West Indies allrounder Roston Chase called his fighting century on the final day of the series against Pakistan the “toughest” of his career, after he ran out of partners with only one more over to see out a draw in Roseau.
He was left unbeaten on 101, his third Test century, when Yasir Shah bowled Shannon Gabriel with the last ball of the penultimate over of the Test.
“I wouldn’t say it’s up there with the other two but a century is a century,” Chase said after the match. “We ended up losing the match but this one was the hardest for me. The others were more fluent and the conditions were a lot easier but this one was really tough for me. The pitch was a slower one, you couldn’t play a lot of shots, the outfield was very slow and the bowlers really put the ball in good areas. This one was the toughest out of my few so far.
“I thought it was a fighting effort. It’s sad to see that it didn’t mean much in the end because we lost the match but I thought the guys showed a lot of guts and effort not only today but in the whole match. [We] even put ourselves in the chance of, maybe not winning but, at least drawing the series.”
Chase recalled how Yasir had dismissed him in three out of six innings in the UAE last year, when and he had averaged 22.50 in the three Tests. In this series, Chase was out to Yasir twice in six innings but the batsman said he had found a way to counter the legspinner.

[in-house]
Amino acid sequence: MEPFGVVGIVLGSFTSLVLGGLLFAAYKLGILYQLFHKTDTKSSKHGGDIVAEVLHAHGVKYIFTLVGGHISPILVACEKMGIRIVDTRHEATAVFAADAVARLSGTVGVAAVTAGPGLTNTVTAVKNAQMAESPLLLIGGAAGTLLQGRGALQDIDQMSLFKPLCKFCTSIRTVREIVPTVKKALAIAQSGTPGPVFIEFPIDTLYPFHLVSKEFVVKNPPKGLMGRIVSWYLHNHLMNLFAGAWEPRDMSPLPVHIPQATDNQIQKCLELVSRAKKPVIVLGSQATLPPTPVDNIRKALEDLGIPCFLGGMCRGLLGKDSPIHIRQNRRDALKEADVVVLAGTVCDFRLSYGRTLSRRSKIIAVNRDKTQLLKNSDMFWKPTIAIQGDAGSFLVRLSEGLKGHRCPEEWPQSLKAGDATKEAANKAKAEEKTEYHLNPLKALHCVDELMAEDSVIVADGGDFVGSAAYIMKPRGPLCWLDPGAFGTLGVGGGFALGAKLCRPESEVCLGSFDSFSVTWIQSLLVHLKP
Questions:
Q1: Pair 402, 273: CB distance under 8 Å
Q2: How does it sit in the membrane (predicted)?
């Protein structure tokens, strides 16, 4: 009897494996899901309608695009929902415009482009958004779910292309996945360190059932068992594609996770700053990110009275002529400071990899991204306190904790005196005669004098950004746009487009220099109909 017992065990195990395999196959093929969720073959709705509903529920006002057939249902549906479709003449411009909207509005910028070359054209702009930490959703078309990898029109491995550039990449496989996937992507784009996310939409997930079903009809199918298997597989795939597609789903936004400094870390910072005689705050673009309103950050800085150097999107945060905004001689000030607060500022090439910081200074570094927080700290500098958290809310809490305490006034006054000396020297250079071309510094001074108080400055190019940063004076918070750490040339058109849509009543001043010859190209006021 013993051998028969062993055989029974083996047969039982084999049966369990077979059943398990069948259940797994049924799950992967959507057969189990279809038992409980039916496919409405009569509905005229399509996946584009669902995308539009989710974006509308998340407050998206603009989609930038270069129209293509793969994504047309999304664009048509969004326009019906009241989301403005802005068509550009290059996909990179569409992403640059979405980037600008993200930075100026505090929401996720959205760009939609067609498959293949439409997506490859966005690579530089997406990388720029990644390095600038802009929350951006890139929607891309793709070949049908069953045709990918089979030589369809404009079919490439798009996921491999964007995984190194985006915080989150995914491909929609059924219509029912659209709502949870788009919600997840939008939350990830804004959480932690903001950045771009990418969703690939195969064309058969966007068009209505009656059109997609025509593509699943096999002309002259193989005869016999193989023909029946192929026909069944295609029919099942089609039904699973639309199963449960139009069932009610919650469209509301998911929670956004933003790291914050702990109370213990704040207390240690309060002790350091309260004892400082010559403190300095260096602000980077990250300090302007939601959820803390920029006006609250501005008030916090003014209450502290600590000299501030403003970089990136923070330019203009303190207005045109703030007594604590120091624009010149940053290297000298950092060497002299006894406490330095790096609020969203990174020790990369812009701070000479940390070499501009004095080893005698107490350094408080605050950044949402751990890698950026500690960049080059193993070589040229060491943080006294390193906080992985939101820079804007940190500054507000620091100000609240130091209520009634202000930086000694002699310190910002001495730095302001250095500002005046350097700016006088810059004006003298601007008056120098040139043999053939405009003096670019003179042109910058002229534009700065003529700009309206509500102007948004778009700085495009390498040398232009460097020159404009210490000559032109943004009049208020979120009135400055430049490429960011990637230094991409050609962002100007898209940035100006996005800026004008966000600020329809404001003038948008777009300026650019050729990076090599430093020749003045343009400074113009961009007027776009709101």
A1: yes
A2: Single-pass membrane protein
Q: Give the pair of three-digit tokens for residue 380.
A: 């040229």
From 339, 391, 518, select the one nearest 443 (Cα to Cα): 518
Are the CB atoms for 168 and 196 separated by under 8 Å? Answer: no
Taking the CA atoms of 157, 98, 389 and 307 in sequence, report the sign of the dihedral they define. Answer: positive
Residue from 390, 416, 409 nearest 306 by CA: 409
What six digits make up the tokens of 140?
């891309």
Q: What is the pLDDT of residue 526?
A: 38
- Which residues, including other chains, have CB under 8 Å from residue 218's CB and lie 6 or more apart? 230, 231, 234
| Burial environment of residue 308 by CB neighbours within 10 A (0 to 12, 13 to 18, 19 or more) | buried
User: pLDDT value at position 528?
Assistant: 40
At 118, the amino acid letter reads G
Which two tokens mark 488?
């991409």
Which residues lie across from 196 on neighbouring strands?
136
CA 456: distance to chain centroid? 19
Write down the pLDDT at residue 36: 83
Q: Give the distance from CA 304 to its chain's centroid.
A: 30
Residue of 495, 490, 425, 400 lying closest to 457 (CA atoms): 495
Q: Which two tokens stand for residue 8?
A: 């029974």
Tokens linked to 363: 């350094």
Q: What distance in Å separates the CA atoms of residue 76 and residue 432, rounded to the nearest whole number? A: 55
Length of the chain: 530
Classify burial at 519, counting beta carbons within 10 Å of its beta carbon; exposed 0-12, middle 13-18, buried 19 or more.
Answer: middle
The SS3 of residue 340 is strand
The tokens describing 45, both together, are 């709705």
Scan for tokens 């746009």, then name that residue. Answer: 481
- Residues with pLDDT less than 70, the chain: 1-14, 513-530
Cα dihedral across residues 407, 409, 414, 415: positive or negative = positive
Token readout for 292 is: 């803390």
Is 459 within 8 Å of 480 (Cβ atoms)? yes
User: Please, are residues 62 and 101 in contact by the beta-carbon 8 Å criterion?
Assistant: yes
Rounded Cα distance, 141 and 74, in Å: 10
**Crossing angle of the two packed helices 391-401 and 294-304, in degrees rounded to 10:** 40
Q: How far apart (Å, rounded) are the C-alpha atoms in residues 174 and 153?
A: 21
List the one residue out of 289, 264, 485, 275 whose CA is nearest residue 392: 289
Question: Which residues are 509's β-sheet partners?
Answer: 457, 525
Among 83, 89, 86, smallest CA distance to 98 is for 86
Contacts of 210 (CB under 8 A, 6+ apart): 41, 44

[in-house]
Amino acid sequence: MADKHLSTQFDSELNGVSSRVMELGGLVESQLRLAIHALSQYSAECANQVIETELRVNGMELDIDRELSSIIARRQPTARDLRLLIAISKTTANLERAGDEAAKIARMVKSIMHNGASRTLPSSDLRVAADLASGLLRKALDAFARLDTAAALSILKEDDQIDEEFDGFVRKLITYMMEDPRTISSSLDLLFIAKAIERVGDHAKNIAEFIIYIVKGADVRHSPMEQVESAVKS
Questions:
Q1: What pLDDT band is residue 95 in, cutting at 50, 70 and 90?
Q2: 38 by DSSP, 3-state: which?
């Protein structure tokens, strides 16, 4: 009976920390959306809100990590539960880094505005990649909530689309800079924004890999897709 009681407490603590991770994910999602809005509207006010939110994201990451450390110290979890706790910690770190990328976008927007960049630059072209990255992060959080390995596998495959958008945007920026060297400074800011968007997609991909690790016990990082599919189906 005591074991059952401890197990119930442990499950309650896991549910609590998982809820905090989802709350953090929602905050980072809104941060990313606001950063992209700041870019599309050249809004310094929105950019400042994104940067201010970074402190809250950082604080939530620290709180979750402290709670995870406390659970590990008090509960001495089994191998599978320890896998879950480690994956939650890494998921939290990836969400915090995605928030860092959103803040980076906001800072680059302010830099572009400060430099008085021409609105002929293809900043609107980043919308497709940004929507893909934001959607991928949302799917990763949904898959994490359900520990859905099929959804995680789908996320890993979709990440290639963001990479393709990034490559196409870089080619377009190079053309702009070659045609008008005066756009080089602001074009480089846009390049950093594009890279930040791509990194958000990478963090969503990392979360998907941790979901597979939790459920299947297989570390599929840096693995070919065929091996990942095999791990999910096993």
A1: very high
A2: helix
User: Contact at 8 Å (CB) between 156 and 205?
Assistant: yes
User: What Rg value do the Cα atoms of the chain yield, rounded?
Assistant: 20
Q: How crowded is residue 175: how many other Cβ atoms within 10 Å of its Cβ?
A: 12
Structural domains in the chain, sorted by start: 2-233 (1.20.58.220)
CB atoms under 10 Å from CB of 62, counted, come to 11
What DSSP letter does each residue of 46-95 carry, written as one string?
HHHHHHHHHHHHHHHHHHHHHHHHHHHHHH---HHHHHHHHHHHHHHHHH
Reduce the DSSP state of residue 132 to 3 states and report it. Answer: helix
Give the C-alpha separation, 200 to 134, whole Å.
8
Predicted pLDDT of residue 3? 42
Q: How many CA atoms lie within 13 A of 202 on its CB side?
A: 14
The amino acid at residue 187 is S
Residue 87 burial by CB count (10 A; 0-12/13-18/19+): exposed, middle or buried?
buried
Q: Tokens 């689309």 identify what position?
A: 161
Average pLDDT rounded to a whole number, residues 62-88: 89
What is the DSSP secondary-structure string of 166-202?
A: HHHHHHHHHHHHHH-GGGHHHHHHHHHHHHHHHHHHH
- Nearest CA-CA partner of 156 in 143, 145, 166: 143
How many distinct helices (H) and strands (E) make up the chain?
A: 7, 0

“I didn’t really do that well in Dubai, so after that series I came home and worked on some of the things that I thought brought my shortfall in Dubai,” Chase said. “Especially Yasir Shah got the better of me a lot and this was mainly because he was tying me down and then I was just falling to a bad shot because of the pressure.
“When I went back home, something I really tried to work on was my sweep shot because that would put him off a little and change up the field and give me a little bit more scoring options. I thought that really was the key, seeing that he was there all series, so once I got through him it was a little easier for me to play the other bowlers.”
Chase’s hundred was not chanceless though. He was dropped twice by the debutant Hasan Ali, and then Mohammad Abbas had him caught in the slips on 92 but replays showed the bowler had overstepped. He was cheered on by the crowd in Roseau.
“It’s always good to hear people calling your name,” Chase said. “So many guys are asking me if I’m actually from Dominica. I was always a big fan of the drums, so I love the drums and I love the Dominican fans.”
With 403 runs in six innings, Chase finished the series on top of the run-scorers’ list, averaging 100.75 with two centuries and two half-centuries. No other batsman made more than 300.
“Even though I’m always a confident guy, it does [add] a lot to see that I average a 100 in the series against a quality attack,” he said. “I’m not going to let it get to my head and I’m going to go back home and the next Test series is England, so hopefully I should be there. I’ll go and look at some footage of the English guys and see what weaknesses they have, what I’ll be looking to exploit and see if that can work. Work hard on those weaknesses so that I can put up some good performances in that series as well.”